Now some phones have hardware that supports OTG, but it is not enabled in software. Presumably, this was because support for this was not widespread at the time of manufacture and the phone company didn’t want to go through the extra headache. Who knows! Anyway, other phones, like the LWW, support OTG natively, and you can simply plug in a mouse or a keyboard and use it with your phone. Of course you need an appropriate cable – apparently the Nokia CA-157 works fine (though I haven’t actually tested it).

Where I currently live, a USB OTG cable is not easily available, however, it isn’t really all that difficult to build your own. All that is needed is a USB Micro-B male (the same kind that your phone charger has) and a USB A-type female. Connect the four USB wires (Vcc, Gnd, D+, D-) between the connectors. You’ll notice that the Micro-B has got 5 contacts; one of these contacts is the ‘ID’ pin. If this pin is left unconnected (as is the case in a regular USB cable) the phone stays in slave mode. If, however, the ID pin is connected to Ground, the phone switches to host mode.

1:Vcc (5v)  2:D-  3:D+  4:Gnd (on type A), ID (on Micro B)  5:Gnd (on Micro B)

In the cable I made for myself I brought out the ID pin and the ground pin to a berg header. Now, if I want the device in host mode I jumper the header. If I want to use the cable as a regular USB cable, I simply disconnect the jumper (naturally, I’ll need a male-to-male USB cable for this).

My OTG cable. I bought a Nokia CA101D and cut the end off it.
Yeah, I’ve still got to encapsulate it properly.

Once my cable was ready I just plugged in a mouse and a keyboard using a USB hub. Both devices were detected immediately and I had absolutely no problems with them. USB flash drives were another story. Getting them to work was a total PITA, but then that was the point of this whole exercise :-P The process far from painless and the reason I’m documenting it is twofold – one: so that others may read this post and find it helpful; and two: a log, just in case I have to go through this again and I forget how I did this in the first place.

1. The first step is obviously to have a working USB OTG cable. Test it out with a mouse. If it works you’re good to go.

2. The next step is to root your phone. I followed the exact instructions noted in the first post of this thread. This is a nice method since you don’t have to unlock the bootloader (unlocking leads to a whole host of other problems – DRM keys get wiped, etc). Rooting itself was relatively painless; what took time was getting the damn ‘Windoze’ drivers to work. If you have Android’s PC Companion installed, then all the necessary drivers should have been installed by default. However the ADB (Android Debug Bridge) drivers did not install on my PC and I spent the better part of the morning trying to get it to work. I finally had to manually point Windows to the file (sa0102adb.inf) and force the install.

3. To check if the phone is truly rooted, scroll though the installed apps and search for the ‘Superuser’ icon. If you find this icon, it means you’re doing fine.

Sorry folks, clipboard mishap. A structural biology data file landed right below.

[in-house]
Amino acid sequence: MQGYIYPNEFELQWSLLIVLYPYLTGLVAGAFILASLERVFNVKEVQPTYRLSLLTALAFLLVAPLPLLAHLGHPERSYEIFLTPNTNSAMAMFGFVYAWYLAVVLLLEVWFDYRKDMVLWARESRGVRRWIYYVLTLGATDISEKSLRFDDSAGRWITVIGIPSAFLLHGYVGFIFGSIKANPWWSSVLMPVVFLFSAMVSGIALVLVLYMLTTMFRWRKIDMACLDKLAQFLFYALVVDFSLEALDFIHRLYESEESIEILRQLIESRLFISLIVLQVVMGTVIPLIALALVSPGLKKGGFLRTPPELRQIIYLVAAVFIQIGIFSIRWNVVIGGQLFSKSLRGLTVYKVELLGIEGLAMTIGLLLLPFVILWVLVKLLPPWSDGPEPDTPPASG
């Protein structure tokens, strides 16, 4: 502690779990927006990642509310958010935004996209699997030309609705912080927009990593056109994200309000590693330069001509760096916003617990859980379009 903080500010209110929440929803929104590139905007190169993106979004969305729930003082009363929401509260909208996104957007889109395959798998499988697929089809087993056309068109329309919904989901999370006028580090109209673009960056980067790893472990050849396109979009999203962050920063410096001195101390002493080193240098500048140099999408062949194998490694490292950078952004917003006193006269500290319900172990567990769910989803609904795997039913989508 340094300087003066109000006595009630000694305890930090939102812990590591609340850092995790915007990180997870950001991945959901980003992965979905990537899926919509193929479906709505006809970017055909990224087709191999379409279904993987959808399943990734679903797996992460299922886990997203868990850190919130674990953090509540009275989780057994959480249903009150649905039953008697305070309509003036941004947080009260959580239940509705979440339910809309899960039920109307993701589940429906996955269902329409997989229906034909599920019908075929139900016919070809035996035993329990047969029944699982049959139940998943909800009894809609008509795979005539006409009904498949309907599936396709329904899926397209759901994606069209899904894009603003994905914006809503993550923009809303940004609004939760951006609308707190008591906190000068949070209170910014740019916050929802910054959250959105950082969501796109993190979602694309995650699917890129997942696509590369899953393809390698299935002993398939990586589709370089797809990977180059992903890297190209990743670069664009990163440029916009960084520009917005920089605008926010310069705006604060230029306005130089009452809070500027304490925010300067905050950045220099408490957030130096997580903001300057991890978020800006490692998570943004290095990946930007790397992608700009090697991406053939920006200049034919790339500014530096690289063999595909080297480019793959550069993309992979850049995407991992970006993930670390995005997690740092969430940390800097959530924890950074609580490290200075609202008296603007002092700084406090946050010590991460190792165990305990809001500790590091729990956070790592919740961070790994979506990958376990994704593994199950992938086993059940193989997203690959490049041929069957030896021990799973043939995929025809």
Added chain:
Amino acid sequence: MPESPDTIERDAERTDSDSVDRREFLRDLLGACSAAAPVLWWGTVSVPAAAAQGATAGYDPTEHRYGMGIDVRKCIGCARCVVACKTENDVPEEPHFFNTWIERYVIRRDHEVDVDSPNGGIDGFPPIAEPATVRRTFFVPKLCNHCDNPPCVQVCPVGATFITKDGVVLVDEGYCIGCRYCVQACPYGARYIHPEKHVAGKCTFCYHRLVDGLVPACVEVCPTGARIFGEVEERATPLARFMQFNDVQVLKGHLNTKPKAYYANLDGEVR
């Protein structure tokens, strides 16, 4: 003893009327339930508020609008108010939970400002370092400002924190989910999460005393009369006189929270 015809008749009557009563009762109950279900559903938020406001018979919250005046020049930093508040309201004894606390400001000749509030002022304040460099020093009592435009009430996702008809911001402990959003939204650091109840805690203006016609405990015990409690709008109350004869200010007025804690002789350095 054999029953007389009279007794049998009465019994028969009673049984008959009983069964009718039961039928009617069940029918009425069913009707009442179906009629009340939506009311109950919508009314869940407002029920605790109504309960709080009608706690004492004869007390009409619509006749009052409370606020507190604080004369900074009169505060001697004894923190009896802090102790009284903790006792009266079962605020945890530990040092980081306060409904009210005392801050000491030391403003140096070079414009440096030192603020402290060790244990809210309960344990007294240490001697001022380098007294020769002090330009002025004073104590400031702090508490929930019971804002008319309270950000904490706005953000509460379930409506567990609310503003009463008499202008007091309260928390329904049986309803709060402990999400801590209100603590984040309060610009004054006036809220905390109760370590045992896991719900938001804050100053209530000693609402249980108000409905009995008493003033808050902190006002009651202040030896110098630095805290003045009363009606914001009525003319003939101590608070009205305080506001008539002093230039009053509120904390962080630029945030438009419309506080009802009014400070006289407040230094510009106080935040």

SUA rooted phone. See the first icon?

4. Install busybox.

5. Now download the USB Host Controller app (v0.44 at the time of writing this) from the Android market. Once installed, run it. The app will ask for superuser access. Once you grant it you’ll be presented with a wait screen (this took about 1 minute of waiting on my phone).

6. Connect your flash drive through the OTG cable. Ignore any ‘Unsupported device connected’ message. Click on the ‘USB’  tab. The flash drive should show up in the listing under ‘Connected Mass storage Devices’. Click on ‘mount’. I mount it to ‘/sdcard/ehdd’ so that AirDroid (which is a non-root file explorer) can read the files. However, if you use ES File Explorer or any other root browser you can mount the flash drive to a partition of your choice.

No cable connected           Cable connected
A: No OTG cable connected                       B: OTG Cable connected

Nothing connected           Unsupported Device
C: No USB devices connected                       D: The ‘error’ message

Note 1: I also tried using this method, which is actually a bit convoluted. The kernel Module Loader loaded usb-storage.ko fine, and Q5 USB Memory Manager would appear to mount my flash disk, but for some reason I couldn’t see the mounted folder using even a root explorer.

Note 2: when I first used this app it took a while to load the menu screen, but after that I was able to mount my drive properly. At the time of installing, I was also checking out other OTG mounting apps – Q5+Module Loader+usb-storage.ko . When I found that UHC worked fine, I uninstalled the other apps. Subsequently UHC would only show me that a USB device was present, but would not show the mounting option. I tried using UHC v0.42 as well. No go. Installing Module Loader and reloading usb-storage.ko was the fix. Q5 isn’t required.

This screen shows detected USB devices.
The lower half shows which of those are mass storage type.

Note 3: the first time I tried mounting the flash drive I got a “mkdir failed for –p” error. A simple workaround to this it to create the folder ‘ehdd’ yourself using a PC. Just plug your phone into the PC (using a regular cable) and make a new folder on the SD Card. After this I had no problems.

Read Only
Another ‘error’. My card as well as the folder are write enabled

Anyway, now I can watch movies off flash drives, copy data from a friend’s HDD all on the move! Word of caution – don’t run very power hungry devices directly off the phone. You won’t damage it, but it’ll get hot real quick and the battery will run out of juice superfast.

Mounting a flash disk

The tools used are pretty generic (if I can use that term) and support a large number of devices. I don’t know why but OTG functionality is still relatively uncommon. I would think that phone manufacturers would have advertised the heck out of it. Or maybe they’re waiting to sell you a ‘value adding upgrade’ at some later date :-/